On the use of first names as surnames, Ms Mpuya feels it is very difficult to easily identify one as being Tanzanian especially on the international scene. “As RITA we expect that the last name should be the surname and hopefully the obtaining situation will eventually self-correct in the long run”.

Assistant Director of Arts Development in the Ministry of Information, Culture, Arts and Sport, Dr Emmanuel Ishengoma has stressed the importance of preserving culture and identity as he said this connects a people to their ancestral past. “If it is not important for us to maintain our cultural heritage and identity, it should be the same that we do not need to have any connections to any religious beliefs because they all belong to the past. I understand that culture is not necessarily a thing of the past,” he says.

Dr Ishengoma went on to highlight how maintaining one’s identity can help shape the nation. “Not only does it shape them but also gives nations respect in the eyes of other nations. This means nations with clear identities will surely be dominant over those that don’t. In my view one of the factors that make Nigeria sit at the high table is their dress code, so much that even when a Tanzanian comes up with a similar design, one will normally say amevaa Kinaijeria,” he says

As a person who influences policy making Dr Ishengoma hopes that days of having John Martins and Marylin Littlefields will come to an end and be replaced by John Simbachawene and Marylin Okechukwu. A liberal social researcher with the Makerere Institute, Diana Kamara says although surnames are important in that they help identify from where one comes from, says they are an extension of the colonial legacy.

“Before compulsory registration of births came, our people had their own way of identifying themselves. With the coming of formal registration different people understood it differently” explains Diana.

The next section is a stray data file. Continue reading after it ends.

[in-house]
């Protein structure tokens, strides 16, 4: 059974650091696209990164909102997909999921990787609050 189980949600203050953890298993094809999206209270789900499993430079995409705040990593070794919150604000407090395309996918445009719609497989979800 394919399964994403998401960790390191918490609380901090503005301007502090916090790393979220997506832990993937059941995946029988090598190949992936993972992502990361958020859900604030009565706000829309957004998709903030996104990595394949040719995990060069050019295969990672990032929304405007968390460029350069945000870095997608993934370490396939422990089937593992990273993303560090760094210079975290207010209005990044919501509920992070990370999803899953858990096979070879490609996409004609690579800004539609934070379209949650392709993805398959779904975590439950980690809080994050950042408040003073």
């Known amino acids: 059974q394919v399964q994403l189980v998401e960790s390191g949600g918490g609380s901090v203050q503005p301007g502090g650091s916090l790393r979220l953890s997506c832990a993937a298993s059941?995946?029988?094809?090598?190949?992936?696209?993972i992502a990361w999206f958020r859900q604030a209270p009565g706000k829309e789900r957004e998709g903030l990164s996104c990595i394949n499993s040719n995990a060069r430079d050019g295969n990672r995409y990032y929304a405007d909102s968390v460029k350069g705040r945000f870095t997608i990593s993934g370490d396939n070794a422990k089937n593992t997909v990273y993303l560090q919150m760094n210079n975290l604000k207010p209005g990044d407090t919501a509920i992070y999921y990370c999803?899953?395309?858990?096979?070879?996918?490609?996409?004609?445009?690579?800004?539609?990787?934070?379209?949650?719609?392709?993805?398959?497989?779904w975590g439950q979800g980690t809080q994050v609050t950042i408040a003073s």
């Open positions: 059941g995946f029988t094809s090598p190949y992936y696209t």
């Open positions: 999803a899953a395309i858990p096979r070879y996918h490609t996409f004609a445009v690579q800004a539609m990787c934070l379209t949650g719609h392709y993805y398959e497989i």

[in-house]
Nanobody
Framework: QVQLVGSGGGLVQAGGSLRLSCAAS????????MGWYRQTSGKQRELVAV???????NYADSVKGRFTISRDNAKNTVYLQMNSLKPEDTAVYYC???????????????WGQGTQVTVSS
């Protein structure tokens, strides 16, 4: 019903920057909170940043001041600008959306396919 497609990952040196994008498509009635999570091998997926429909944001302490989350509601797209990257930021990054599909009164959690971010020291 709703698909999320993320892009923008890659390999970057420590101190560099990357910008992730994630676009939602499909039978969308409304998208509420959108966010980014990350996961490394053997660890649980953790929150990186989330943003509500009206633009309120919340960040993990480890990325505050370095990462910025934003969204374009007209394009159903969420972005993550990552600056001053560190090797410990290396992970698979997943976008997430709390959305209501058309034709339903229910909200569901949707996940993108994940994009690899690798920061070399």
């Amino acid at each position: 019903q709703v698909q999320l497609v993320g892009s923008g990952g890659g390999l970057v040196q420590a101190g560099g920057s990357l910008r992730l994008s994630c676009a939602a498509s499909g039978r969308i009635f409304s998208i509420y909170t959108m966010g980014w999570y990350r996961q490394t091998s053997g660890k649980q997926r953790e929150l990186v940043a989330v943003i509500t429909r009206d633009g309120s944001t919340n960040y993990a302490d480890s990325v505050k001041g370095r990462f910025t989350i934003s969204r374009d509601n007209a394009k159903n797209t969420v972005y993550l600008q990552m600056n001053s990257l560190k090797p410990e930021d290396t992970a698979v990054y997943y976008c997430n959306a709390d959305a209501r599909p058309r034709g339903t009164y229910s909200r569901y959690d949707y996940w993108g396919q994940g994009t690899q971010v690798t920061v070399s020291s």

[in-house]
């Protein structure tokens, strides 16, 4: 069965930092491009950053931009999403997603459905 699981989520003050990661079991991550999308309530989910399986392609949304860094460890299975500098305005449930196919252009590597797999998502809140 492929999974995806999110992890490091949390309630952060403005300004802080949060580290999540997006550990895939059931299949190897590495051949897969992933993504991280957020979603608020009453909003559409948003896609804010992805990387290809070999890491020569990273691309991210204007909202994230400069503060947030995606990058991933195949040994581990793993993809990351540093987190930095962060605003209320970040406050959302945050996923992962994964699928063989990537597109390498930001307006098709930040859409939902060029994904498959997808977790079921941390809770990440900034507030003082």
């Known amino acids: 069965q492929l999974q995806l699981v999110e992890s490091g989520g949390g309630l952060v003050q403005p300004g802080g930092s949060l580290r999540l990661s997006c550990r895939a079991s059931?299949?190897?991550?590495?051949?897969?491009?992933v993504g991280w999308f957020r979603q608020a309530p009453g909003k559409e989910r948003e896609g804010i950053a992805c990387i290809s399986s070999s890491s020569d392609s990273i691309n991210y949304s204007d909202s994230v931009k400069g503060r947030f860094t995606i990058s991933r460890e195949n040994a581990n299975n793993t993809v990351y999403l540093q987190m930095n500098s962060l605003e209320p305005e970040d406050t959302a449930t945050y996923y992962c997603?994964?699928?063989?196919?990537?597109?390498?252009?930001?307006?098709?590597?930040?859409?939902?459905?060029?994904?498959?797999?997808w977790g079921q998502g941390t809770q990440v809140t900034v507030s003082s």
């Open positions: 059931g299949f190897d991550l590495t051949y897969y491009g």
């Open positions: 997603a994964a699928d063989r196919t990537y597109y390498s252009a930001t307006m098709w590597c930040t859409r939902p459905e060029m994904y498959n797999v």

“You find some people adopting their father’s name and not necessarily their clan name, and in some areas you see elderly women being called by their father’s first name,” highlights Diana

“Now clan names are used as a point of reference informally, to identify where one originates from. We are going to continue seeing people named Diana Joseph or Diana George because the consciousness of what is in a name is not there among the people, especially the surname.” Diana highlights how most people put emphasis on the first name rather than on the surname.

Another school of thought is of the view that the use of the surname is a foreign concept therefore is not very important in the African concept. Prof Eginald Mihanjo from the department of History at the University of Dar es Salaam explains how this concept was imposed on the African societies in days before colonisation only someone’s first name sufficed. “It is merely a state function, in the African context the surname is not there and never used to serve any purpose”, says Professor Mihanjo.

However one wonders whether all things brought about by the colonizers were bad. One can argue that back then surnames were not important because people lived in small close knit clan and rarely interacted with the outside world.